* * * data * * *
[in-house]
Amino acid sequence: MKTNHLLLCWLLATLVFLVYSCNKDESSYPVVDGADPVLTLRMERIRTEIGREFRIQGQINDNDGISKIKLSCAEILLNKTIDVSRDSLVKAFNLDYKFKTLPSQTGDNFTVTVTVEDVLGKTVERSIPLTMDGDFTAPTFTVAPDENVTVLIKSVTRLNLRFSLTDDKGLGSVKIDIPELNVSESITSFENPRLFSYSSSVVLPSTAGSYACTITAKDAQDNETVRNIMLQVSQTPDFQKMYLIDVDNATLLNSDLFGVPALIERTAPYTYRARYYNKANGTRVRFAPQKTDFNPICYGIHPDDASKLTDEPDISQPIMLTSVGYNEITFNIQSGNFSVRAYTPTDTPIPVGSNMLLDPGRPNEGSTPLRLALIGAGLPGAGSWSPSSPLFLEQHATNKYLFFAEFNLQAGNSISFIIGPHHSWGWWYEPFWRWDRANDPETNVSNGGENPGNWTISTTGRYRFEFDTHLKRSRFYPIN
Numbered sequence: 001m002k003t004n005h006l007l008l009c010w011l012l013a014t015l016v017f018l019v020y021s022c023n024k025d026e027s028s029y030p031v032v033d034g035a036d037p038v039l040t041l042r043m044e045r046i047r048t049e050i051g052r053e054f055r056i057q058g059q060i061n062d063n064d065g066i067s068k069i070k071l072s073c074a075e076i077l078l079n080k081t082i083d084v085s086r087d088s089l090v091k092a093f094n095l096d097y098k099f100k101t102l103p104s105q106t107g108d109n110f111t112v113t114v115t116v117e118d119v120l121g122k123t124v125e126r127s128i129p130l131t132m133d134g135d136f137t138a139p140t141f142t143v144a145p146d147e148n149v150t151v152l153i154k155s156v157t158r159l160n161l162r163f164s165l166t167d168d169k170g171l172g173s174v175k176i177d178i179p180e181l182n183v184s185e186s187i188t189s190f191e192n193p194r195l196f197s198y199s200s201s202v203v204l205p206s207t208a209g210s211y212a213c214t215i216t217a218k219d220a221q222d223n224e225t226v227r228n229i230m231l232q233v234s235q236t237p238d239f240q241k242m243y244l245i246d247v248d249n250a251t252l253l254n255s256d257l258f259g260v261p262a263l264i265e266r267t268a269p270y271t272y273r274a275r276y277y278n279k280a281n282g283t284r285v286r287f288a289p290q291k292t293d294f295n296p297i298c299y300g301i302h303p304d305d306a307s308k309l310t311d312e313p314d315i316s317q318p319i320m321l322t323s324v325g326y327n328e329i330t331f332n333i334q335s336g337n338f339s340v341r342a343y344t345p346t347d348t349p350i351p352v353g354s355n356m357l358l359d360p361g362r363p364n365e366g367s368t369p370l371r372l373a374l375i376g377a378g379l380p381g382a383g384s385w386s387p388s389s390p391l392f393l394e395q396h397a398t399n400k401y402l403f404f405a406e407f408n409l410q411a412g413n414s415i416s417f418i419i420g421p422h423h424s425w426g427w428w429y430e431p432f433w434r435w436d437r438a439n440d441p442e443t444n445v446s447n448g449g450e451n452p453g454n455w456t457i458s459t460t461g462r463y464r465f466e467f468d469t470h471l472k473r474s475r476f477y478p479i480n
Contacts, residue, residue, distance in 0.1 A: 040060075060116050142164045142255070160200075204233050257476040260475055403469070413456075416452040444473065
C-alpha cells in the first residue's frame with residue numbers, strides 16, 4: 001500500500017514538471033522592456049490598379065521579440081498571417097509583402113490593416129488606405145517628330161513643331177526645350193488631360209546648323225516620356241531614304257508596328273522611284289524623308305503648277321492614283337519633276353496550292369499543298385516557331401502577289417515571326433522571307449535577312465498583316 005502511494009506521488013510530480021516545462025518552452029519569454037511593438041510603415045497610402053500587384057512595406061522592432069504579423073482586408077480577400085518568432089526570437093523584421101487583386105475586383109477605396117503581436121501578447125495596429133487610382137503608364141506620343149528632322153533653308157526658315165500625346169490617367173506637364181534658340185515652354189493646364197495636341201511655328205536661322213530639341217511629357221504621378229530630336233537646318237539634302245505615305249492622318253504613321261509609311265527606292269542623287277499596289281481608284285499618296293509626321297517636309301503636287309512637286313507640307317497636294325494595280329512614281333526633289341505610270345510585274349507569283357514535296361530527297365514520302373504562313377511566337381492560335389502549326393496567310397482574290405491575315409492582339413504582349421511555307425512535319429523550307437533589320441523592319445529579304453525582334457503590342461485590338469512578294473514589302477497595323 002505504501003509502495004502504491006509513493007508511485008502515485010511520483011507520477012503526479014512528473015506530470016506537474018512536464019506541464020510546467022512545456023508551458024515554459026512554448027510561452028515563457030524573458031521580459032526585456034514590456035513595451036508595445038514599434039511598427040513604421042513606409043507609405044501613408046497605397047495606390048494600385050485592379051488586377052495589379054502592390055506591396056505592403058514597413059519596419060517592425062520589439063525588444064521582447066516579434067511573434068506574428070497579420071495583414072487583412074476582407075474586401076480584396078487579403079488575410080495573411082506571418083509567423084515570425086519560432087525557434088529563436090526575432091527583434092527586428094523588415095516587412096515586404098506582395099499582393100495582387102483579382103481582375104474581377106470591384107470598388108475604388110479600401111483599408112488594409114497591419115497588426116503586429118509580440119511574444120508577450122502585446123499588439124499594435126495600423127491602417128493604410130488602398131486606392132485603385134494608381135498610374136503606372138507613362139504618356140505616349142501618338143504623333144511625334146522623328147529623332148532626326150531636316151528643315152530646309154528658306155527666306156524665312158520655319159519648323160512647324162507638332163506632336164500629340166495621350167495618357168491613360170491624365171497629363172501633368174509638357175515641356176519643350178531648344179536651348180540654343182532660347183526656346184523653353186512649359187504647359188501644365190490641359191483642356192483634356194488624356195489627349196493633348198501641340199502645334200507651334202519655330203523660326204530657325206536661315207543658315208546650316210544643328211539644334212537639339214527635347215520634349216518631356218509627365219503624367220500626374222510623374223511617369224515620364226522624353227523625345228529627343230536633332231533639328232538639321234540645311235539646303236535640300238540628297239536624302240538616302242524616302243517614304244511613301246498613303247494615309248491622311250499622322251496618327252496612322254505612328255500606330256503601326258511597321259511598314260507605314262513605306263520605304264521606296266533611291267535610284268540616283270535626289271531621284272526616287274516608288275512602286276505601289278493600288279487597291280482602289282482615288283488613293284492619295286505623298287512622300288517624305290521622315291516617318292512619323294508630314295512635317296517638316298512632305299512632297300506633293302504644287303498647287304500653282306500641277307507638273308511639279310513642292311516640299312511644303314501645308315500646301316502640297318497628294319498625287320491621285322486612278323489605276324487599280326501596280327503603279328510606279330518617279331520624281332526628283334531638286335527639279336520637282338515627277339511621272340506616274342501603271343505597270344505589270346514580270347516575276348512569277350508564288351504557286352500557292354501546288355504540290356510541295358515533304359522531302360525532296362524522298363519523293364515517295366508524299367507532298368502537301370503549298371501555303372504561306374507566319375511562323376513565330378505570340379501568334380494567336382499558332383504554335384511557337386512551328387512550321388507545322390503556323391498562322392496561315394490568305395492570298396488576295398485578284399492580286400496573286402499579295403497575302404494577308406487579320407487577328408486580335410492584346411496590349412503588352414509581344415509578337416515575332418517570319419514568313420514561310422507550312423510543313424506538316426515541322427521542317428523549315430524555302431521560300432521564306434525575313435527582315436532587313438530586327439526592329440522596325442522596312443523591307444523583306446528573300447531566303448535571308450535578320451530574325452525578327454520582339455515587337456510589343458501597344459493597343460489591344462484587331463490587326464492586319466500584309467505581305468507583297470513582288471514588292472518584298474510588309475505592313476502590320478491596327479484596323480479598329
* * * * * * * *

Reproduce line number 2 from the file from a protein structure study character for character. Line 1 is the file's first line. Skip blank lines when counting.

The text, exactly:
Amino acid sequence: MKTNHLLLCWLLATLVFLVYSCNKDESSYPVVDGADPVLTLRMERIRTEIGREFRIQGQINDNDGISKIKLSCAEILLNKTIDVSRDSLVKAFNLDYKFKTLPSQTGDNFTVTVTVEDVLGKTVERSIPLTMDGDFTAPTFTVAPDENVTVLIKSVTRLNLRFSLTDDKGLGSVKIDIPELNVSESITSFENPRLFSYSSSVVLPSTAGSYACTITAKDAQDNETVRNIMLQVSQTPDFQKMYLIDVDNATLLNSDLFGVPALIERTAPYTYRARYYNKANGTRVRFAPQKTDFNPICYGIHPDDASKLTDEPDISQPIMLTSVGYNEITFNIQSGNFSVRAYTPTDTPIPVGSNMLLDPGRPNEGSTPLRLALIGAGLPGAGSWSPSSPLFLEQHATNKYLFFAEFNLQAGNSISFIIGPHHSWGWWYEPFWRWDRANDPETNVSNGGENPGNWTISTTGRYRFEFDTHLKRSRFYPIN